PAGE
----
It was spontaneity that worked for Shaheen Bagh: Seema Mustafa

No leaders or political parties. No questions asked when people wanted to join. She says it was almost like visiting someone’s home — local women coming out with warmth and hospitality of a kind rarely seen in Delhi. IANS spoke to journalist Seema Mustafa as she reconstructed the events that highlighted the mass movement for months in the capital.

“And this was on the streets, the smiles, the reassurance of being together, the courage… I think the fact that it was not political, no politicians leading it, and the participation was voluntary and spontaneous, made it the centre of the protest. This and the determination and resolve of the women, not to move until their demand for citizenship was met,” says Mustafa, who has edited the recently released Shaheen Bagh and the Idea of India’ (Speaking Tiger Books).

The book is an anthology of voices of the women protesters at the core of the protests; ground reports and photographs by journalists including her, Seemi Pasha, Nazes Afroz, Mustafa Quraishi and Zeyad Masroor Khan; and essays by thinkers, writers, lawyers and activists including Nayantara Sahgal, Harsh Mander, Subhashini Ali, Nandita Haksar, Zoya Hasan, Apoorvanand, Enakshi Ganguly, Renuka Viswanathan, Sharik Laliwala, Sarover Zaidi, Samprati Pani, Nizam Pasha and Anirban Bhattacharya.

The idea of the book came from publishers Ravi Singh and Renuka who were keen to document the movement and the initial discussions took place when Shaheen Bagh was active. “The initial intention was to document and understand it as soon as possible so we did get most of the material together early in the year, but the lockdown delayed the book by a few months,” Seema tells IANS.

While the book, especially the essays, investigate the importance of Shaheen Bagh in the contemporary social and political climate, Seema says that as a journalist of many years standing, this was one of the biggest movements she had witnessed. Adding that through the years one had covered several protests, demonstrations on a host of important issues to do with India’s democracy and Constitution, but Shaheen Bagh and the associated movements across India were clearly at a different level, she says, “As a journalist and student of contemporary politics, I needed to study and understand it, which is what I tried to do as it was important then, and will remain so owing to the many reasons our writers have pointed to in the book. I see it as an inclusive movement for democracy; and as probably the first movement in my living memory where the minorities came out en masse to publicly embrace the Constitution and the Indian flag, and thereby make it clear that they are as an integral part of India as any other.”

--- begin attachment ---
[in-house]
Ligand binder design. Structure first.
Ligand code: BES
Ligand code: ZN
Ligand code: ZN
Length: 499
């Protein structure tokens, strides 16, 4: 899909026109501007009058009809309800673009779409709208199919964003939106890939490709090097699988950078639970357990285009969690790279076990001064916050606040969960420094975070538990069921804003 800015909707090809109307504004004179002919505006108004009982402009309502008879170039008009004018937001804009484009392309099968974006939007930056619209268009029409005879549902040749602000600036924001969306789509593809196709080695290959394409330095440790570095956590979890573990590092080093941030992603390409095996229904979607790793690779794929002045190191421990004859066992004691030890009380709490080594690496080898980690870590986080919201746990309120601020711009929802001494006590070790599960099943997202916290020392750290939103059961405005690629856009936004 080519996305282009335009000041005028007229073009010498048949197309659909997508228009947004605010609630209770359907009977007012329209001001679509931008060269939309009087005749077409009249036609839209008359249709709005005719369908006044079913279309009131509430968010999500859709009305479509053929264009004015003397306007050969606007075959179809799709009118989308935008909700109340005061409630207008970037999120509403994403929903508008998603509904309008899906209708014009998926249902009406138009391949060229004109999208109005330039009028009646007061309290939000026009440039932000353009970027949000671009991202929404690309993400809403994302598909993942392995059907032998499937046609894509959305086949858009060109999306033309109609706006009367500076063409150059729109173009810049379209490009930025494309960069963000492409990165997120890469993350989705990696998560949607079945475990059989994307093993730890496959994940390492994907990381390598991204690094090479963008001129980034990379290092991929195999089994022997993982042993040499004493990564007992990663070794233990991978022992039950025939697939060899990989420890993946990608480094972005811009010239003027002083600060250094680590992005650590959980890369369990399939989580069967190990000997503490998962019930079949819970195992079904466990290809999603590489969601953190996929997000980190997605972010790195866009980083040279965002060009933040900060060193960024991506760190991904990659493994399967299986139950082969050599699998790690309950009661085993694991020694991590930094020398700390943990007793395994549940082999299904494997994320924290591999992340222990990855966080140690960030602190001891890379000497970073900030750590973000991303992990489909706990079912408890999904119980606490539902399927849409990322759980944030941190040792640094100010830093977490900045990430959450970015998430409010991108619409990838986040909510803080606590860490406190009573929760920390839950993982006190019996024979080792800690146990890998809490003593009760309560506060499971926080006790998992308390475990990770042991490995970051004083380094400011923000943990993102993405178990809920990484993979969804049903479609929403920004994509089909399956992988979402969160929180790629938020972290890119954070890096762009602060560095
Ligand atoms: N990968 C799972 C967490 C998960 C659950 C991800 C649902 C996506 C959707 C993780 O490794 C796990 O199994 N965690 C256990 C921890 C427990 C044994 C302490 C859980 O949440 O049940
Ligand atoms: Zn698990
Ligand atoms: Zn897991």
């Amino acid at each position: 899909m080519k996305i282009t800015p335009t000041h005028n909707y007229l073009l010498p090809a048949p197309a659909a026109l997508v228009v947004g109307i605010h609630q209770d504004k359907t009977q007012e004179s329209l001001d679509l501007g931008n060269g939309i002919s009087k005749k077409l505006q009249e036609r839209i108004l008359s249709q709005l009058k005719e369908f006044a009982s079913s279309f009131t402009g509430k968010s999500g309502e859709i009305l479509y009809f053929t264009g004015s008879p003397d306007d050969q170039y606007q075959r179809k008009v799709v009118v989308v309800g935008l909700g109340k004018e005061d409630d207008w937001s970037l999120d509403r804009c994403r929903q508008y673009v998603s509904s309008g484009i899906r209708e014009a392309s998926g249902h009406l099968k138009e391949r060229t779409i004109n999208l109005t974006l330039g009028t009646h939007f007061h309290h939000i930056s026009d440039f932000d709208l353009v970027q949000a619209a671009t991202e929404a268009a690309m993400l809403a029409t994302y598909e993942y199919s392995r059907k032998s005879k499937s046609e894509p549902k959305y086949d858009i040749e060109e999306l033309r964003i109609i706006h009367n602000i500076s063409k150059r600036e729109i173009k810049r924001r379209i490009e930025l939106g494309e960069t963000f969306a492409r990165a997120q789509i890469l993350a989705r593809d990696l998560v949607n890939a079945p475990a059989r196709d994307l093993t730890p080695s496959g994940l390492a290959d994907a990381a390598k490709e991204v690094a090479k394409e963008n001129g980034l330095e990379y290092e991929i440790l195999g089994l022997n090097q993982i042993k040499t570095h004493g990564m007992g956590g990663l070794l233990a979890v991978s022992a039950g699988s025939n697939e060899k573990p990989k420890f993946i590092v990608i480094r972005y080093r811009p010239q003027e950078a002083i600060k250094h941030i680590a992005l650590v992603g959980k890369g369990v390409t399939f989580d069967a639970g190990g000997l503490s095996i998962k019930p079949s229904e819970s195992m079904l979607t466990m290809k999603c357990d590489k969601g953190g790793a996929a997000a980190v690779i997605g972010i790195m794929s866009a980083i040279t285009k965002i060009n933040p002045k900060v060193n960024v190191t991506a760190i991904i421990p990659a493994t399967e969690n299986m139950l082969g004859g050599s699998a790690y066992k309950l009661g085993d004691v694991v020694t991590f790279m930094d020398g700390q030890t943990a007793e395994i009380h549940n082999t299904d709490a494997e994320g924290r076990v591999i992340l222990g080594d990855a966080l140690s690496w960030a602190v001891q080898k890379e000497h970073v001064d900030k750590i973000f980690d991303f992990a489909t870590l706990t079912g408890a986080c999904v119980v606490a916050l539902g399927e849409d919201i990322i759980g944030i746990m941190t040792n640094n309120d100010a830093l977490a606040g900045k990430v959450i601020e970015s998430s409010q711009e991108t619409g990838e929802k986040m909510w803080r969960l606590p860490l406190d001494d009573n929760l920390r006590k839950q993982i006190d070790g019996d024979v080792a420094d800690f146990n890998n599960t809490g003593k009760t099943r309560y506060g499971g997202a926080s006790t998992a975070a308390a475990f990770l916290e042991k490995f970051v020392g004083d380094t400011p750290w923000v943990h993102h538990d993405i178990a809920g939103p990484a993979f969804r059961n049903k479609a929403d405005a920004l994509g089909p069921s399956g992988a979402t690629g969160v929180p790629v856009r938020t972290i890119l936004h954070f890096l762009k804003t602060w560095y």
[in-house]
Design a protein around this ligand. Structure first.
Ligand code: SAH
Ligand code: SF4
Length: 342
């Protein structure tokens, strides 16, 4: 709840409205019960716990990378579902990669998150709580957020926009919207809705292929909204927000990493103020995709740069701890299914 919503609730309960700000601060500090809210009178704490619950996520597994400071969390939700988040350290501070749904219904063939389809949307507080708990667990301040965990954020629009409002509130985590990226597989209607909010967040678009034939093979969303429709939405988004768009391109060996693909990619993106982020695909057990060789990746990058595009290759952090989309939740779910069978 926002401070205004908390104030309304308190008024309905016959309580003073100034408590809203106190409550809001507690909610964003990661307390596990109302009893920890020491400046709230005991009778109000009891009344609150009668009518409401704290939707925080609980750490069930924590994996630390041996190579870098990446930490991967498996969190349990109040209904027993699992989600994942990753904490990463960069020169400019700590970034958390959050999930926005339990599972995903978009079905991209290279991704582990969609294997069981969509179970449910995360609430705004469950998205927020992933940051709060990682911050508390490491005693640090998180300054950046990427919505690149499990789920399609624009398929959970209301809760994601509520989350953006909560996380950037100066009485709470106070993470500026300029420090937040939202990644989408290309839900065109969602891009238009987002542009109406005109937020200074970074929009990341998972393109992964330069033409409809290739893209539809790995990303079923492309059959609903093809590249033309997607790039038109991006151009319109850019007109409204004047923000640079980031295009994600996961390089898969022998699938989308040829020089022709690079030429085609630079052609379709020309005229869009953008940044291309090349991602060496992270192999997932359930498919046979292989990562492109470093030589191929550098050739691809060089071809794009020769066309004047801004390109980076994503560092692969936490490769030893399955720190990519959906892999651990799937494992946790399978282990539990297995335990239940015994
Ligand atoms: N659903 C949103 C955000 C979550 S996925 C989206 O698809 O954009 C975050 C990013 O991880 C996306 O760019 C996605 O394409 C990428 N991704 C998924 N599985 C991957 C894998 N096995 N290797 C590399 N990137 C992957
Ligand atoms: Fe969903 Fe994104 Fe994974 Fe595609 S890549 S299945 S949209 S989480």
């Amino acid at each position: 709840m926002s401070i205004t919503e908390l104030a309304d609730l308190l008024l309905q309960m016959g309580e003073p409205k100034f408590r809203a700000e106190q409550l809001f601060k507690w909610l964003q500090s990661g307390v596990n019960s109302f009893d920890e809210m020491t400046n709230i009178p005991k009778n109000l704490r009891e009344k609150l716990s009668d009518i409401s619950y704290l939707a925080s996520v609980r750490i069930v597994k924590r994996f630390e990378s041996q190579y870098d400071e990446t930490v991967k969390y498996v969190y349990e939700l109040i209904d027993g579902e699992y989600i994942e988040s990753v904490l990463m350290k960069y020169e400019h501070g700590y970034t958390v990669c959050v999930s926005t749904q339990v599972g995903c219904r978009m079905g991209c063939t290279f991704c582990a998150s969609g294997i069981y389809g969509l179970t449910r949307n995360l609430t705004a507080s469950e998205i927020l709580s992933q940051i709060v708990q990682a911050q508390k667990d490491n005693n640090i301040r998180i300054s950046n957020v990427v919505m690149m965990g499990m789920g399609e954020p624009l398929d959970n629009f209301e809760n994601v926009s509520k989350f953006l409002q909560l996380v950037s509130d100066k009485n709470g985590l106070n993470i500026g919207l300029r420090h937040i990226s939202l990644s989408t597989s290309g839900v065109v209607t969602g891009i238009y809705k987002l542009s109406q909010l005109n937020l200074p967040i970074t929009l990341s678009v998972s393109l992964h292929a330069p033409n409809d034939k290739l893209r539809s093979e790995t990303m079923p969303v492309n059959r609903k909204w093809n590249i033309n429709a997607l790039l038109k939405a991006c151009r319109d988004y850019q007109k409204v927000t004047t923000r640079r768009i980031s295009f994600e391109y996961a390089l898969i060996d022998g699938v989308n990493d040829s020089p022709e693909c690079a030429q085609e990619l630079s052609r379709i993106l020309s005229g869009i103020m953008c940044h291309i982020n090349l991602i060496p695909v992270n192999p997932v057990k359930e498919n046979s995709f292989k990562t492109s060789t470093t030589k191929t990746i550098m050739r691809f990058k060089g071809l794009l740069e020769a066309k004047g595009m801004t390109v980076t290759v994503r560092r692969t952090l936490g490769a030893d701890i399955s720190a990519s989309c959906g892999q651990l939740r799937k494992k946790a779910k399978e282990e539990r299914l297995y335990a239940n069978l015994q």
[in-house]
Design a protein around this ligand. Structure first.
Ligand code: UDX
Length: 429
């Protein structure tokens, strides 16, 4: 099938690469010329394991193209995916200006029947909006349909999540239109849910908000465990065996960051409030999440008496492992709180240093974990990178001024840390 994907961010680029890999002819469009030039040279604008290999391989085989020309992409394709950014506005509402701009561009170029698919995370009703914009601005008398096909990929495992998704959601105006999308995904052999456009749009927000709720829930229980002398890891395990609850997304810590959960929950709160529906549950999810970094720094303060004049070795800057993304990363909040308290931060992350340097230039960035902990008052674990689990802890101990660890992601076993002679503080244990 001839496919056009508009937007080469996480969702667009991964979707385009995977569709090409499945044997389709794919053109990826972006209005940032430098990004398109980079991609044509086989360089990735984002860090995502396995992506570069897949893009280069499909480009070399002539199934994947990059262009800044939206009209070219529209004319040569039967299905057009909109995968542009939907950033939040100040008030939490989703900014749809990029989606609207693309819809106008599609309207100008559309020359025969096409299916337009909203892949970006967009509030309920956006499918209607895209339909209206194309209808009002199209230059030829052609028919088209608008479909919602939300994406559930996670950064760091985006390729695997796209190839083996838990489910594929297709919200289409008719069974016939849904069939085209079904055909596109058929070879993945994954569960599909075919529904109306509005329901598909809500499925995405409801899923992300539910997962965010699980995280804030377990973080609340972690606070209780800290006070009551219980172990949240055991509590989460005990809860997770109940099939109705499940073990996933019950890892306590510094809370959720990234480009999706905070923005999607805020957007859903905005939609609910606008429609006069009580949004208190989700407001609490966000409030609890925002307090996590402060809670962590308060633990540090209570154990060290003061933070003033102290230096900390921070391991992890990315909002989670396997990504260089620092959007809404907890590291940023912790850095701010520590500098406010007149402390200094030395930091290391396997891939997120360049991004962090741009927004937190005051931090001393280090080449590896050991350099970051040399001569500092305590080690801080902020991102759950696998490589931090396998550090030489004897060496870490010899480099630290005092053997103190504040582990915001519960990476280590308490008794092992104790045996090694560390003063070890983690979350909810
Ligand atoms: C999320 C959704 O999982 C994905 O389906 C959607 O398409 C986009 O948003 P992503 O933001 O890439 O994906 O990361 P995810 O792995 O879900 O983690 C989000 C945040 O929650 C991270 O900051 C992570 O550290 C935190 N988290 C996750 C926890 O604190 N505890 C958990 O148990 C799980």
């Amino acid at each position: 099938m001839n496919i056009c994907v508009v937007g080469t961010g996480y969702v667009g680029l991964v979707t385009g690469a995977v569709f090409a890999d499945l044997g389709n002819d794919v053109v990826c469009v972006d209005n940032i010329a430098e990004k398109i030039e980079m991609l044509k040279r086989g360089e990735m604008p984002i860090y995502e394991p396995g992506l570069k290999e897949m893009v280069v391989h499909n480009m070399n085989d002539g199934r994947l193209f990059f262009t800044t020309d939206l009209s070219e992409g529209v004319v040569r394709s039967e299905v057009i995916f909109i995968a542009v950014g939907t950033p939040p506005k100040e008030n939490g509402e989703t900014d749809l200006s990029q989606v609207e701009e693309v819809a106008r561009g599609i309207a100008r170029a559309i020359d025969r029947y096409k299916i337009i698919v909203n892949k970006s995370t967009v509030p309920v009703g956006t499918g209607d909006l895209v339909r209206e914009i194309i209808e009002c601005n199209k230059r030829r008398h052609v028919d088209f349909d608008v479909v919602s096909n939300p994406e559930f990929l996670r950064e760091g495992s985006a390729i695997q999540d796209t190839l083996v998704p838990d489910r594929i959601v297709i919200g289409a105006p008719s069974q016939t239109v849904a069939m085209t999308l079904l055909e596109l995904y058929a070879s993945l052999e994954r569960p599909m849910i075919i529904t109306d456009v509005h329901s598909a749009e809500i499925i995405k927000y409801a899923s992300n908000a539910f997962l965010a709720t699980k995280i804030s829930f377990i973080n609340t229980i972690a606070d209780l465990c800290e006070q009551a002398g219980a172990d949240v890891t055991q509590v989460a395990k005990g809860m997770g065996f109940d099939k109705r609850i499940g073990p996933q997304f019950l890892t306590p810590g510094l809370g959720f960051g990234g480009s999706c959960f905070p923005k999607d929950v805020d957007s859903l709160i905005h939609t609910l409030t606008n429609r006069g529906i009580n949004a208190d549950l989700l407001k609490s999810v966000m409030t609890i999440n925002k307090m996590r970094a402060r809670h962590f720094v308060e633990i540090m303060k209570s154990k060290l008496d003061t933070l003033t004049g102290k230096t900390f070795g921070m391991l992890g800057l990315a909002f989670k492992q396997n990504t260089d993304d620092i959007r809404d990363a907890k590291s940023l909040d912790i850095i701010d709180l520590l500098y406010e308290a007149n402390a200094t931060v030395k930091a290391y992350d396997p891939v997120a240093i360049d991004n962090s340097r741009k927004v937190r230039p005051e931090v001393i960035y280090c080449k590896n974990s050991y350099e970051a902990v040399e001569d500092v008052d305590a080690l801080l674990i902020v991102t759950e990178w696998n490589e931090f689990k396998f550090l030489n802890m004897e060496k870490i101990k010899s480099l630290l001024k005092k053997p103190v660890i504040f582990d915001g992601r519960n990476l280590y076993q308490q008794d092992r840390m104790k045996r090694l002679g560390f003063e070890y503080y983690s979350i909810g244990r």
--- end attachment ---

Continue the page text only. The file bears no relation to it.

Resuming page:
For Seema, the protest is a emodel’ one which did not witness any major incidents of violence and managed to trigger a collective sentiment. “It is strange, but I have seen that often one little unforeseen incident becomes a catalyst or a nuclear that stands out. Shaheen Bagh, where a group of women came out of their homes to sit in protest against the Citizenship Amendment Act was one such moment that caught India’s imagination. And what should have by all counts remained a small localised protest just grew into a major protest of peace, love and harmony. Scholars, artists, musicians, students, young and old, cutting across religions and classes just flocked to the site every night.”

Ask what she feels about the movement’s future in post-pandemic times, and the editor asserts, “It is difficult to say. Again, if I go by experience, I do not think it will continue in the same form. It might be replaced by something else altogether and find another expression. However, the important thing is not whether it continues in its physical form, but if it was able to coalesce India in harmony and love.”

Talking about the Delhi government’s attitude towards the protesters, and its esilence’ post Delhi riots, Seema says that at one stage she thought that AAP was poised to be a major player in politics. “Now, I somehow think that Kejriwal has lost the plot altogether.”

Reacting to the central government’s later assurance that NRC will not be implemented, the journalist and author feels that it will have to state its policy clearly and categorically for it to be understood and accepted. “There has to be one voice that clarifies, and not several voices that obfuscate,” she concludes.

As the conversation veers towards the way the protest was covered by the media, with many media houses taking different epositions’, the veteran journalist adds, “We as journalists have hitched our wagon with the rich and powerful— and this began a long time ago, before the BJP came to power. Hence, how can we be fair and just? We have masters to serve.”